The Journals of Lewis & Clark: Lewis, May 18, 1805

Lewis, May 18, 1805

Saturday May 18th 1805.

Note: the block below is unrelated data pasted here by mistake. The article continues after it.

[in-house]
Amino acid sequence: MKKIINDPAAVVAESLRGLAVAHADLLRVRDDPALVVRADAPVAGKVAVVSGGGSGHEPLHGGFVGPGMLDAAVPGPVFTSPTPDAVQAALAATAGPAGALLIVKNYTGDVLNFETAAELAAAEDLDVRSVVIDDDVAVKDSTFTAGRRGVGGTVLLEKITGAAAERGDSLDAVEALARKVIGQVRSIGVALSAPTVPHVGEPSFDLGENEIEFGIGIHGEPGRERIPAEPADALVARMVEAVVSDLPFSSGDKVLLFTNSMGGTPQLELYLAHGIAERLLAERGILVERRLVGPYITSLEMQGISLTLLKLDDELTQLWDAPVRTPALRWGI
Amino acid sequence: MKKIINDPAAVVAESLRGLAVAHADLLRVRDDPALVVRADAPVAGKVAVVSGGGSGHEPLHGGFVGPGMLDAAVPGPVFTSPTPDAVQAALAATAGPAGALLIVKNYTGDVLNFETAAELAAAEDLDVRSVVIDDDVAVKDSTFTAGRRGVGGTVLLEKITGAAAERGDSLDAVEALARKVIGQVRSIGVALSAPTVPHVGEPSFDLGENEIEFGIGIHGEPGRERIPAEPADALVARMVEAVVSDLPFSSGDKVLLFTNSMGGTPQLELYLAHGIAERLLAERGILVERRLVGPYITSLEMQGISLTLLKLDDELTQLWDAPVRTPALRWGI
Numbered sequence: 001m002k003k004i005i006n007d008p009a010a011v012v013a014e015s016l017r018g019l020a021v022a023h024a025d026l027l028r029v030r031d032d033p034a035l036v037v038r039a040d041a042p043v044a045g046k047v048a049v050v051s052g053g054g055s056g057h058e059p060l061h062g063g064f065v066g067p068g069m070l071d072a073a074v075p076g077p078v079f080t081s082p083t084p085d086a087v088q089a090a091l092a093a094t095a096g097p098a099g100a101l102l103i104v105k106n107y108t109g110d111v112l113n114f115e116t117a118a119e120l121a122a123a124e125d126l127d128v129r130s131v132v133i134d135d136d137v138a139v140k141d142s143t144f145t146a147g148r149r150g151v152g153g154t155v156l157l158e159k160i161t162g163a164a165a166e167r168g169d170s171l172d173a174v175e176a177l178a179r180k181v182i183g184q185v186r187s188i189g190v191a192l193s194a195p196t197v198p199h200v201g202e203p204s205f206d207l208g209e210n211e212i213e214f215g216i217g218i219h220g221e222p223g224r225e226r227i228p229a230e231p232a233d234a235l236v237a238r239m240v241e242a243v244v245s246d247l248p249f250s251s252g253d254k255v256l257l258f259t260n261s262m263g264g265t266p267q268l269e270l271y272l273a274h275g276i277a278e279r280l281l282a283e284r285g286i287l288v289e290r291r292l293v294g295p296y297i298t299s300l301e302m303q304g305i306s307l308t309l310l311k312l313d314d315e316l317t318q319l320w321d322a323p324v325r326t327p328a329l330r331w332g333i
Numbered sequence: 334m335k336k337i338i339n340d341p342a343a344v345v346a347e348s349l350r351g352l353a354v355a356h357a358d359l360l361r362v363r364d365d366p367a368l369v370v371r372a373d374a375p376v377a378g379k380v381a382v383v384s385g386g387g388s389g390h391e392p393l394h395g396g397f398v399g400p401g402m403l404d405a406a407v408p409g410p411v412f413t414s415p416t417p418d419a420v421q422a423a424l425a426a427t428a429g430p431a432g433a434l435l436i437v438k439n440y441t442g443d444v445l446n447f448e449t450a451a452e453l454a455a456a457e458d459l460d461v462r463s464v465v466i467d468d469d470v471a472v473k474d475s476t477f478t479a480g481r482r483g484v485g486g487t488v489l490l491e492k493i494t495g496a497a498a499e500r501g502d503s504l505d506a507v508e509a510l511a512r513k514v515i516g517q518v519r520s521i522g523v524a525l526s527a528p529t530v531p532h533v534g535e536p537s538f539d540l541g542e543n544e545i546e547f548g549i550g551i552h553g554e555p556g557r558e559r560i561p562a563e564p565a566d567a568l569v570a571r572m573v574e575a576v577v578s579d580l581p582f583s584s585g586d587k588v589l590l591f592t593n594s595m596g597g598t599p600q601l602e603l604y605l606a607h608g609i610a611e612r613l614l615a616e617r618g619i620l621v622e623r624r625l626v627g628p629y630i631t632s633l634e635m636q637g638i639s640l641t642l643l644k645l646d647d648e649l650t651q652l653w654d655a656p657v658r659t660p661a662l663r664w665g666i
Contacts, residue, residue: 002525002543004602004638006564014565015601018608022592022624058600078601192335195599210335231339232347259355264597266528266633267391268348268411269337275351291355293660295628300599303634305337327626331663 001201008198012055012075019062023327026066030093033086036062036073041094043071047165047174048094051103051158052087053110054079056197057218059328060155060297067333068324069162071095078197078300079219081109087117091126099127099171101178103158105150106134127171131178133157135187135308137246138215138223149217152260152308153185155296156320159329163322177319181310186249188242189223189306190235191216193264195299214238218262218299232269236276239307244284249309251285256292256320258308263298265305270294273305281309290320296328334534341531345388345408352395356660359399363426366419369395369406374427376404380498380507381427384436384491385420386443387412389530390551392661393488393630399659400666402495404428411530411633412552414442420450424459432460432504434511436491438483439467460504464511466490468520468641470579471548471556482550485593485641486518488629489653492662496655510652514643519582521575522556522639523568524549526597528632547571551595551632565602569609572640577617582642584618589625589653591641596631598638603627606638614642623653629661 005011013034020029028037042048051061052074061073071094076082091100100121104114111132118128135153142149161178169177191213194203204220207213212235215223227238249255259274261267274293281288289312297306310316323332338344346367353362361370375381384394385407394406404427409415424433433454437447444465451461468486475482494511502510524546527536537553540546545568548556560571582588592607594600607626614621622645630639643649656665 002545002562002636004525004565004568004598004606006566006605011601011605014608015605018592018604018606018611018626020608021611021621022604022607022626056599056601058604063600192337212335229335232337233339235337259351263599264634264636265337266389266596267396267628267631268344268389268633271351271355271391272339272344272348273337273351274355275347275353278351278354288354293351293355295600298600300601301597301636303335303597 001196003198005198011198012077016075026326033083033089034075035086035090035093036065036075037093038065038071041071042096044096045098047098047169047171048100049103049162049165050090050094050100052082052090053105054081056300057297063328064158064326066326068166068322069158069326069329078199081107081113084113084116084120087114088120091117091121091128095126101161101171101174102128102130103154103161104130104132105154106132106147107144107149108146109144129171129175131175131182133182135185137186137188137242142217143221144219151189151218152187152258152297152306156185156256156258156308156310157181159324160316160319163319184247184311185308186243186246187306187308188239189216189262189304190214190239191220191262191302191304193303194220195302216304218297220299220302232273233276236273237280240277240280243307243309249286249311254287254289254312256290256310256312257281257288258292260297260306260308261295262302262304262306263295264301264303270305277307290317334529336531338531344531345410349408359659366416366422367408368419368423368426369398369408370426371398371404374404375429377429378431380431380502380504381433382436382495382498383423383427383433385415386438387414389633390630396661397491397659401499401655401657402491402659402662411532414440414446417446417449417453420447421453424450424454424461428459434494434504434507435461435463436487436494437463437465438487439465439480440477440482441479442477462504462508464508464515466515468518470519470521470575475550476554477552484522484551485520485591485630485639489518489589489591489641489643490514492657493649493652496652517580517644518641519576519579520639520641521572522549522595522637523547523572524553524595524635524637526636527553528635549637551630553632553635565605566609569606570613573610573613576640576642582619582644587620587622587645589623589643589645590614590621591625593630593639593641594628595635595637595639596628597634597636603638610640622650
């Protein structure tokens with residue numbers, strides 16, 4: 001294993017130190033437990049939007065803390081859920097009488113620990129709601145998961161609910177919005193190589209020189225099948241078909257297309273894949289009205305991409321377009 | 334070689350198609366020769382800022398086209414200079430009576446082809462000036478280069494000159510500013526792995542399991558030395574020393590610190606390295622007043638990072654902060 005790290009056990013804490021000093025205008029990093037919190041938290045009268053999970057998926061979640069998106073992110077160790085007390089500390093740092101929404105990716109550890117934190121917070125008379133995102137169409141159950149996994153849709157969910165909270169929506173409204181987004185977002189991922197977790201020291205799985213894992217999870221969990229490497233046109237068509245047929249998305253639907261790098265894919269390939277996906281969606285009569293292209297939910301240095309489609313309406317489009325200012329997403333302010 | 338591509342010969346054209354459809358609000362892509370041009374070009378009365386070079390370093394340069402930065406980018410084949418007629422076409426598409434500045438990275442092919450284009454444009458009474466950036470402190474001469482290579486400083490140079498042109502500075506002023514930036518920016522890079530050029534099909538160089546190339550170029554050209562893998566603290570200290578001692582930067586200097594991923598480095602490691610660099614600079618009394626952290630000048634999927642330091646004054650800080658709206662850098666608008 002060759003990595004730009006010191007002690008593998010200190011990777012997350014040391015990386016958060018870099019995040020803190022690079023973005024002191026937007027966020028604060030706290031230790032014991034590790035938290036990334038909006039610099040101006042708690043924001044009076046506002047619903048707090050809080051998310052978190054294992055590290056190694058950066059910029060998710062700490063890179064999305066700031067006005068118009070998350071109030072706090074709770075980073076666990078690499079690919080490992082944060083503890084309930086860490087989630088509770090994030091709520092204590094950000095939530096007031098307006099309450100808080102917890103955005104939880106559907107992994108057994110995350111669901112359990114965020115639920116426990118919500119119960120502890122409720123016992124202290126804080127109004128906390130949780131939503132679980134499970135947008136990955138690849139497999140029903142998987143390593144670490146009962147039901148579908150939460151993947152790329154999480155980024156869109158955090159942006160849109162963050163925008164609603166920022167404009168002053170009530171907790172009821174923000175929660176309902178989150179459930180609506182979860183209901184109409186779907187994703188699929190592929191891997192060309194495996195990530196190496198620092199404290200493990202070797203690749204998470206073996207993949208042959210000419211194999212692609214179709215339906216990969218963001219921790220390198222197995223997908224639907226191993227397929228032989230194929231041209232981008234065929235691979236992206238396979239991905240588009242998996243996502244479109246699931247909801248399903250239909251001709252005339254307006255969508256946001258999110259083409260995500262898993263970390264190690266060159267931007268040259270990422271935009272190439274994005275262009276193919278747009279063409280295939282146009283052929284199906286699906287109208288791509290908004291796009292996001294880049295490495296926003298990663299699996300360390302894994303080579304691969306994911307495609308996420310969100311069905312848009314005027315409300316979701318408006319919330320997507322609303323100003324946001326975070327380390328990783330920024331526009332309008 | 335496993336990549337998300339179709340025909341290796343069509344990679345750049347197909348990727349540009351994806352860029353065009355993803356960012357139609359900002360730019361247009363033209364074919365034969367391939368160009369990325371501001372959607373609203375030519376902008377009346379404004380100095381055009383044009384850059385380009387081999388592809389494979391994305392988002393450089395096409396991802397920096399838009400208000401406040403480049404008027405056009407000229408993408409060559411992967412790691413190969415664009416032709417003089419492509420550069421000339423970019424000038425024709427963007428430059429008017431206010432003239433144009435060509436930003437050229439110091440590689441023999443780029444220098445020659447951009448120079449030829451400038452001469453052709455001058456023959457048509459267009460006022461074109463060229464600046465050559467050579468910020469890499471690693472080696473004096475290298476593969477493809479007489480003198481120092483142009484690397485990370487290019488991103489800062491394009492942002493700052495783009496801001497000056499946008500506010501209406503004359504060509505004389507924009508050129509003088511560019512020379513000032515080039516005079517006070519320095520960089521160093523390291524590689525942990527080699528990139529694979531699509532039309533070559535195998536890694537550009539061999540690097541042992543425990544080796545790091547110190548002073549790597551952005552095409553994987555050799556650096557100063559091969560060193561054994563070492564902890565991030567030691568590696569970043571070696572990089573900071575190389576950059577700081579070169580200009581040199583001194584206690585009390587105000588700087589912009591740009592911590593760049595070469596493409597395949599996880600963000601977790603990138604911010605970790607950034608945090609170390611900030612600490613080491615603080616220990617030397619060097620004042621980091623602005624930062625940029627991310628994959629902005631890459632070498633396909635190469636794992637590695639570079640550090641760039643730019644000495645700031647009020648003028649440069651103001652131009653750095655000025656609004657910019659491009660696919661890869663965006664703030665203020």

The wind blew hard this morning from the West. we were enabled to employ our toe line the greater part of the day and therefore proceeded on tolerably well. there are now but few sandbars, the river is narrow and current gentle. the timber consists of a few cottonwood trees along the verge of the river; the willow has in a great measure disappeared. in the latter part of the day the hills widened, the bottoms became larger, and contained more timber. we passed a creek on the Stard. side about three oclock, which afforded no water; came too and encamped on the Lard. side opposite to the lower point of a small Island, two miles short of the extremity of the last course of this day. Capt Clark in the course of his walk this evening killed four deer, two of which were the black tailed or mule deer; the skins are now good, they have not yet produced their young.- we saw a number of buffaloe, Elk, deer and Antelopes.- the saline substance frequently mentioned continues to appear as usual.-